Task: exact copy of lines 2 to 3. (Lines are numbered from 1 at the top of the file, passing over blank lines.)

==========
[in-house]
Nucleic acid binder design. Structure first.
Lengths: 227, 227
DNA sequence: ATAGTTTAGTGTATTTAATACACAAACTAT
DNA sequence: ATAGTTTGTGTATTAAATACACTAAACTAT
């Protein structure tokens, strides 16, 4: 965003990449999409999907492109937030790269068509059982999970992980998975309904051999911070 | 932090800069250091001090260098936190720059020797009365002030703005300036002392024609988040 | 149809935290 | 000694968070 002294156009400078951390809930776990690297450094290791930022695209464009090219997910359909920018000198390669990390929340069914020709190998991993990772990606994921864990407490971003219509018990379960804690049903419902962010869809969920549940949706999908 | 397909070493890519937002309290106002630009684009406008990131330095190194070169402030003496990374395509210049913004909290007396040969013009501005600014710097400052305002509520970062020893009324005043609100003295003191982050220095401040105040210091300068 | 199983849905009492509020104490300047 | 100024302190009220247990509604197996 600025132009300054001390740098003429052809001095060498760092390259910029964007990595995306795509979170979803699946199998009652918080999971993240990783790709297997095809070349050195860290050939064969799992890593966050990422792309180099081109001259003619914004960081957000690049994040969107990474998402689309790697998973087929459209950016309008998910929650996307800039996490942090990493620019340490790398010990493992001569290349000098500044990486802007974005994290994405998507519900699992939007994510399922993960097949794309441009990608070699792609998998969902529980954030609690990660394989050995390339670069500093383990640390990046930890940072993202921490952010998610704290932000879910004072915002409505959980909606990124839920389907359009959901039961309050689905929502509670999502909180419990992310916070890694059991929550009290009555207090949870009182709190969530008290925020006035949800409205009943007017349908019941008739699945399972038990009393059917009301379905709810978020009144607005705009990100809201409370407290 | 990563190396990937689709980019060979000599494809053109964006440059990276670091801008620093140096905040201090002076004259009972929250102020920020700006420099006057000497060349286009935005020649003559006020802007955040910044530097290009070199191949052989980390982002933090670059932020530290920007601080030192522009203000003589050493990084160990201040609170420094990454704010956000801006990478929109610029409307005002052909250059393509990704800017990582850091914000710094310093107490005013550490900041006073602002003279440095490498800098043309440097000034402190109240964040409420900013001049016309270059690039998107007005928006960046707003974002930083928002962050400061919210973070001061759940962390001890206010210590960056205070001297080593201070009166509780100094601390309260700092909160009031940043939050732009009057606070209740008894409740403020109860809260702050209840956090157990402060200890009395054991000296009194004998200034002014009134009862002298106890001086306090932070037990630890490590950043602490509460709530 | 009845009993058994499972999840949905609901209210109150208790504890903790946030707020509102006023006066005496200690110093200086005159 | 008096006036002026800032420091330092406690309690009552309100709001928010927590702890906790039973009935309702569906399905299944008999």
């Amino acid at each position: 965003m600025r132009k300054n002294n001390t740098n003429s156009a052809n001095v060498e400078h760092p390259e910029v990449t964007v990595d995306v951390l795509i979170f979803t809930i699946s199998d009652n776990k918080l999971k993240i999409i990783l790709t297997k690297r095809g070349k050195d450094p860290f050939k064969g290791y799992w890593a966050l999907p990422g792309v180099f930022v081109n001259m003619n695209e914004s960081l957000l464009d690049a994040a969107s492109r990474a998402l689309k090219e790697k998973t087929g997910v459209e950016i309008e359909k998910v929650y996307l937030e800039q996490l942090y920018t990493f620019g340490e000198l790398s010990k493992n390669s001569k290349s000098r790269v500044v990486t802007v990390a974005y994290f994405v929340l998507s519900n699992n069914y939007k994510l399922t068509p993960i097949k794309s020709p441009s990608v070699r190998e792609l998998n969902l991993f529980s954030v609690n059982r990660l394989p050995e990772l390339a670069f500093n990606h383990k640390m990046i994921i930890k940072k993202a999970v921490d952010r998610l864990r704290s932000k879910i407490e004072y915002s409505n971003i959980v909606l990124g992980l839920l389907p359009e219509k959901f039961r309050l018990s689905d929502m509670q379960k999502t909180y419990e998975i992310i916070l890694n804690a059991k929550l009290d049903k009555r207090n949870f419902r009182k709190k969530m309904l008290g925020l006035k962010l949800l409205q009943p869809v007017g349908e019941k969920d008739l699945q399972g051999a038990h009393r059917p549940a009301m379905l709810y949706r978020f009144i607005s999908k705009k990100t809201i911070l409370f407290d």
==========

Nucleic acid binder design. Structure first.
Lengths: 227, 227